Resident Evil 4 has a Sliding Tile Puzzle, similar to the 15 Puzzle but 3×3 instead of 4×4. There are several cookie-cutter solutions available online, such as this one, that assume a starting configuration. But what do you do if the first thing you did when you came upon the puzzle was mess it all up? What’s interesting about the 3×3 puzzle is that there’s a very simple solution starting with any configuration. It can be solved using only 3 different moves:
- Clockwise movement of outer tiles: If the empty square is on the outer ring, move the tile next to it into it so that the tile moves in clockwise direction.
- Moving a tile from the outer ring into the center (if the center is empty)
- Moving a tile from the center into the outer ring (if an edge square is empty)
The idea is to make the outer ring look like a clockwise-rotated version of the final solution. This is done tile by tile, by inserting each piece in its correct position relative to the outer ring of tile. Follow these steps: First, visualize what the outer ring (excluding the center) should look like.
- Pick any outer ring tile that is on the outer ring in your current configuration. It doesn’t have to be in its final place. Call it tile 1.
- Now, identify the tile that comes behind tile 1 clockwise in the outer ring in the final solution. Call it tile 2. We will try to correctly move tile 2 into the spot just behind tile 1.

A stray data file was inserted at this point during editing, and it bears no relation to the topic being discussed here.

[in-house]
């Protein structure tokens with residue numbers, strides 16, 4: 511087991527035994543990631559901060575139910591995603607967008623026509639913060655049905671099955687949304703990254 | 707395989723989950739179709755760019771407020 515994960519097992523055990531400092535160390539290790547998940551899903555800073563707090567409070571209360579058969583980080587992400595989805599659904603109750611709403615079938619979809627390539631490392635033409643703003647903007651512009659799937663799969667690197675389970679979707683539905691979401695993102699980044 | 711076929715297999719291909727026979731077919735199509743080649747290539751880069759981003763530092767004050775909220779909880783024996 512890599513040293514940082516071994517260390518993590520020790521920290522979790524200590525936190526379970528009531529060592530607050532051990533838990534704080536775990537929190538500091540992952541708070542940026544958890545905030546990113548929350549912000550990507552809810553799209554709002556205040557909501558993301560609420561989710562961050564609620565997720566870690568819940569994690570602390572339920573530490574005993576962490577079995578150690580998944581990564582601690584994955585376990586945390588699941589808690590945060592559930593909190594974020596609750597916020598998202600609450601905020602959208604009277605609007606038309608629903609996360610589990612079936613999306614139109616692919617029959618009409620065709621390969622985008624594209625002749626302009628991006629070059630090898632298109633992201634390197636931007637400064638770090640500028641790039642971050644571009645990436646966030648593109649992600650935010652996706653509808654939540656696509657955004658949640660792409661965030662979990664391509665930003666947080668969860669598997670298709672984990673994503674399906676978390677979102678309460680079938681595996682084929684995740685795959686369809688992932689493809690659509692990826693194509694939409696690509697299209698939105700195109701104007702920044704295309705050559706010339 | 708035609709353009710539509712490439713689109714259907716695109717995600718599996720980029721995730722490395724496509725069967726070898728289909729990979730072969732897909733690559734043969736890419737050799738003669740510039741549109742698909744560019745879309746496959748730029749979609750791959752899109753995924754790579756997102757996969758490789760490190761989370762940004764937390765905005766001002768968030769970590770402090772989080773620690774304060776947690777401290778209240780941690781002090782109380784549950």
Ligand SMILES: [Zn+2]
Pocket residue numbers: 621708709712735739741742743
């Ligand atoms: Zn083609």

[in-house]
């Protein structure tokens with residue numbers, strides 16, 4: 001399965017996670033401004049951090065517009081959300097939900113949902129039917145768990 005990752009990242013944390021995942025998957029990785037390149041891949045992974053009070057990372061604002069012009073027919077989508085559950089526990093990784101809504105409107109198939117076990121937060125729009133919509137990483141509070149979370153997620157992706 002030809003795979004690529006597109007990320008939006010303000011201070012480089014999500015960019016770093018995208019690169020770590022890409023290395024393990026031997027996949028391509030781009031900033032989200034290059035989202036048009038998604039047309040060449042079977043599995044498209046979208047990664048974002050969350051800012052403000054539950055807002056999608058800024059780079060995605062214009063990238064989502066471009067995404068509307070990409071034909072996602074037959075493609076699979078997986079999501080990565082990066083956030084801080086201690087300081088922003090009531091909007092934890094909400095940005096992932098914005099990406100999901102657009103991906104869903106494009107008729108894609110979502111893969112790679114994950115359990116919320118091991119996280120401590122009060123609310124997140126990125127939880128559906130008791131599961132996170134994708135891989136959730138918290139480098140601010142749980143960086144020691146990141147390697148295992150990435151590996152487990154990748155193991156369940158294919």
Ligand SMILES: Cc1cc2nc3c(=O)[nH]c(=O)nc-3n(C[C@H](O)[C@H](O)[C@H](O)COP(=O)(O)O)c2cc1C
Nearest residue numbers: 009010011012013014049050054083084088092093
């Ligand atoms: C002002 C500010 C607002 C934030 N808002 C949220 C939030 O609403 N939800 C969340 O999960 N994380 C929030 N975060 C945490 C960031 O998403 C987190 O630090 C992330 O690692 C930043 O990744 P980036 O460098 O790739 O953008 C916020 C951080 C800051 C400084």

- Get tile 2 into the center: if the center is not empty, empty the center by moving the center tile to the outer ring. If tile 2 is in a corner, rotate the entire outer ring clockwise until it is not in a corner, then move tile 2 into the center.
- Now again rotate the entire outer ring so that tile 1 is in a corner and has a space just behind it in clockwise orientation. Move tile 2 to the empty space. Now tile 1 and tile 2 are in the right order.
- Tile 3 is the tile that comes after tile 1 and tile 2 in clockwise orientation in the final solution.
- Move tile 3 into the center. If it’s in a corner, rotate the entire outer ring clockwise until it’s not in a corner and then move it into the center.
- Now rotate the entire outer ring clockwise until tile 2 is in a corner and there’s a space just behind tile 2 in clockwise orientation.
- Move tile 3 to the empty slot.
- Now repeat these steps for tile 4, tile 5 and so on.
- Once all the outer ring tiles are in place, move the center tile from the outer ring to the center. Now rotate the outer ring clockwise until the puzzle is complete!
I have an earlier post in which I pointed out that whizzytex was causing emacs to freeze intermittently. After a lot of searching and a bit of system tool use (specifically, iotop) I think I’ve pinpointed the problem (but not solved it yet).
It looks like the problem is not with Whizzytex at all, but related to known a known bug in Firefox and/or Tracker and/or Google Desktop. Or maybe something about the way fsync() and kjournald interact. These programs access disk a lot, which is what was causing the delays. Apparently this is compounded because Firefox 3 issues a large number of calls to fsync(), which in turn causes kjournald and pdflush to activate on a regular basis. This is what sometimes ties up the disk for a second or two.
A potential solution is to tell firefox to do asynchronous updation of history and bookmarks, and use a ramdisk for the Firefox cache. I tried this and also disabled tracker and gdl_indexer indexing, but I’m not sure it’s helping yet.
Update (Feb 25, 2009):
Fixed! I am fairly sure that google desktop was one of the factors behind the annoying slowdowns. I am not sure which (if any) of the other issues (firefox and tracker) was responsible. But if I disable all three, I don’t see the delays any more. I’ve been freeze-free for about 3 weeks now! I like google desktop, so I simply disable indexing before starting whizzytex and re-enable it after.